Choosing a Processor

Building a Custom Computer: choosing a processor

Choosing a processor that works for you

Choosing a ProcessorWhile you can start anywhere you wish, is always easier to start with a processor, or central processing unit. There are several reasons for this. The kind of processor you choose, will determine your mother board, the memory you can use and the kind of hard drive you must get. The two processor companies, AMD and Intel, both have fantastic options. However, there are several factors that go into choosing a processor.


The socket refers to how your processor connects to your mother board. Choosing the right socket to fit your processor is extremely important. Intel and AMD both have unique socket types and even within their own range of processors, the sockets will be different. AMD uses pins, while Intel has pins on the board itself. When choosing a processor, this is the most important factor to consider.


Cores refer to divisions within the processor itself, so choosing a processor isn’t just about speed alone. That is, there are smaller processors within the main processor. That means that the processor can handle more than one task at a time. Hyperthreading is a process that allows a computer to see each core as two. Most programs, as of today, don’t really use more than four cores.

Clock rate:

Clock rate refers to the speed the process runs. However, it is very important to consider more than just the clock rate. Having more than one core will have a greater effect than having just more than one core. For processors that of an overclocked, this can be change dramatically. It can have a dramatic effect when choosing a processor.


Cache refers to the memory that is on the CPU itself. Whenever the CPU access information, it will automatically learn which codes are used more often. This means that it won’t have to request information from the mother board itself. This will save time and a vastly improves the performance of the CPU. Cache should be one of the most important considerations when choosing a processor.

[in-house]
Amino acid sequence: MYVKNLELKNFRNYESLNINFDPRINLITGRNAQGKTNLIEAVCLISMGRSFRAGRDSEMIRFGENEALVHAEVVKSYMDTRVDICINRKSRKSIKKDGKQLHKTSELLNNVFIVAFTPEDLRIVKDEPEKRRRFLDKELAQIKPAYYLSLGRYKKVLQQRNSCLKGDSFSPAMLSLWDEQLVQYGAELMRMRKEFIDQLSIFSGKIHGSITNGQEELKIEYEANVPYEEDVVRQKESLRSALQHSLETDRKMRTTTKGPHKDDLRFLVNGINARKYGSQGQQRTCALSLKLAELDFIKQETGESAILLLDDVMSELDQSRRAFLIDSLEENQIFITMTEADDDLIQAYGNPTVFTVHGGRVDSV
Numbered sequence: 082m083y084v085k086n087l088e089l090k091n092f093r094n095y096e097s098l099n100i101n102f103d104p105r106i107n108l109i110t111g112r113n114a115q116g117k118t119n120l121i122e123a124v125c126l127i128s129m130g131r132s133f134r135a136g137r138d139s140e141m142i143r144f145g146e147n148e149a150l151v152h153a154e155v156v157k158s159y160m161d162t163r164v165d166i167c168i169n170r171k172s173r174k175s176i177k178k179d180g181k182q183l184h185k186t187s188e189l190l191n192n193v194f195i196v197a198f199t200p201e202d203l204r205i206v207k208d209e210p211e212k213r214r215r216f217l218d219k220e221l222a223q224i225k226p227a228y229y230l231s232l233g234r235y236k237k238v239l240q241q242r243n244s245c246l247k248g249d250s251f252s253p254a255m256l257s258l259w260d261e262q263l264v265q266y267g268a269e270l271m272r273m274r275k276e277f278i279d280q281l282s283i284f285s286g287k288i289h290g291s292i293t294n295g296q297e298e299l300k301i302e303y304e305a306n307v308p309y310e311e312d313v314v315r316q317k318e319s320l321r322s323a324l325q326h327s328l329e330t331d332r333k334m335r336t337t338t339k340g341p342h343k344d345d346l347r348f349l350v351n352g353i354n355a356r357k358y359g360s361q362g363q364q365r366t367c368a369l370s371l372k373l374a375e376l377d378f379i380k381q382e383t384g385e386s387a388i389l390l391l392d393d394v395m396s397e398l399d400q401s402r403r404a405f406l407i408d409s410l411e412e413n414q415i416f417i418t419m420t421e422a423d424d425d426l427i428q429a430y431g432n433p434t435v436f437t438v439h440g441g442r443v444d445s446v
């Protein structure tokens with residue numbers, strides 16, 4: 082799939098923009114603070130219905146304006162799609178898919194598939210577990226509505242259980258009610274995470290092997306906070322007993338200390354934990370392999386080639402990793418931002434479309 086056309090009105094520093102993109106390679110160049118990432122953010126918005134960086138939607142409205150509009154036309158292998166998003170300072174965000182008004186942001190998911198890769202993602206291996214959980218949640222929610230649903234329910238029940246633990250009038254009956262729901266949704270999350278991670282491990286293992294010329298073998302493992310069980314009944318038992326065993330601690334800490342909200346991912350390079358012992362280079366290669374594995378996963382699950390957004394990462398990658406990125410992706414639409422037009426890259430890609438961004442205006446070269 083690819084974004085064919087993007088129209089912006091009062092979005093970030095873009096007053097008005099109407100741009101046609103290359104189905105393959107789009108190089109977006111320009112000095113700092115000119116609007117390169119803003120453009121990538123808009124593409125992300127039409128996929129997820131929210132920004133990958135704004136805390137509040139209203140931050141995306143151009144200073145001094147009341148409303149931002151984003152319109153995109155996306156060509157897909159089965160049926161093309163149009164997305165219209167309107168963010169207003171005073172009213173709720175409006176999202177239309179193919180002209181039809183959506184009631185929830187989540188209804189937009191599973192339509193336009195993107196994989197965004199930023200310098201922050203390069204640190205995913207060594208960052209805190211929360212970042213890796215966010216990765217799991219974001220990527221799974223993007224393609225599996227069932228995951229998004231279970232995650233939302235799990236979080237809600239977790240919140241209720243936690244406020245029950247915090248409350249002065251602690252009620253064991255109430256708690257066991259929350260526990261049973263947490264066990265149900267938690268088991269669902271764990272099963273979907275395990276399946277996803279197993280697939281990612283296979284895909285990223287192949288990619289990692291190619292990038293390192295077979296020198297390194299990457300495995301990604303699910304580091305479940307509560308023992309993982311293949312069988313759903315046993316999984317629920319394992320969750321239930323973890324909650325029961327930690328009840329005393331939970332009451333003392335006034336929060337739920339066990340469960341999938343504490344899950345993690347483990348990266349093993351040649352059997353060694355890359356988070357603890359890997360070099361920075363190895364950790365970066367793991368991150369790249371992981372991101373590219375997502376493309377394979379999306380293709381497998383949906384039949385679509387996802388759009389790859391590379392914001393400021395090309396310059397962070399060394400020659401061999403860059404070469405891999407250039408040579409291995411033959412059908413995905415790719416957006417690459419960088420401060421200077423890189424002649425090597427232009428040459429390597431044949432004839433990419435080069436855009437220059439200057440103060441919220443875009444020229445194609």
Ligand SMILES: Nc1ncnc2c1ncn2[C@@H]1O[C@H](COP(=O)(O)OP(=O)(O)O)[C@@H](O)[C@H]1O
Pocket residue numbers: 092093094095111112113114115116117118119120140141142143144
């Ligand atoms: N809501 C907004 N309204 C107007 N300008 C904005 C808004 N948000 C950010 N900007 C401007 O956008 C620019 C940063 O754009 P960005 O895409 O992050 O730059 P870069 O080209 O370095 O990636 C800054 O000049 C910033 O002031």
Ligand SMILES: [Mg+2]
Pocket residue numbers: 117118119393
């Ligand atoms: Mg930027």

The bandwidth is how much information the processor can process in just one instruction. It is comparable to how many lanes are on a highway. While 32-bit was common in the past, today 64-bit is the new norm. The reason is that 64-bit handles information a lot more efficiently.
Front Side Bus Speed:

The front side bus speed determines how fast information can get into the processor from the system memory. While clock speed is largely determined by the processor itself, the front side bus speed is influenced by a number of factors, including ram the motherboard and the system clock speed. So it is very important to select components that allow for optimum performance.

While there are other factors involved in choosing a processor, these are the most common. Today, processors are changing so dramatically that more and more features are being released with each coming generation. Choosing a processor is the single most important decision when building a new computer as it influences what components you will need to buy. Lower end processors are perfect for the occasional user, while heavy users will need more. As discussed in part one, your needs will determine what you should get.

Matthew Mallicoat

I am a technical writer, very much involved in the world of technology and a lover of all things electronic. I love anything from PCs, video gaming, mobile devices, jailbreaking, etc.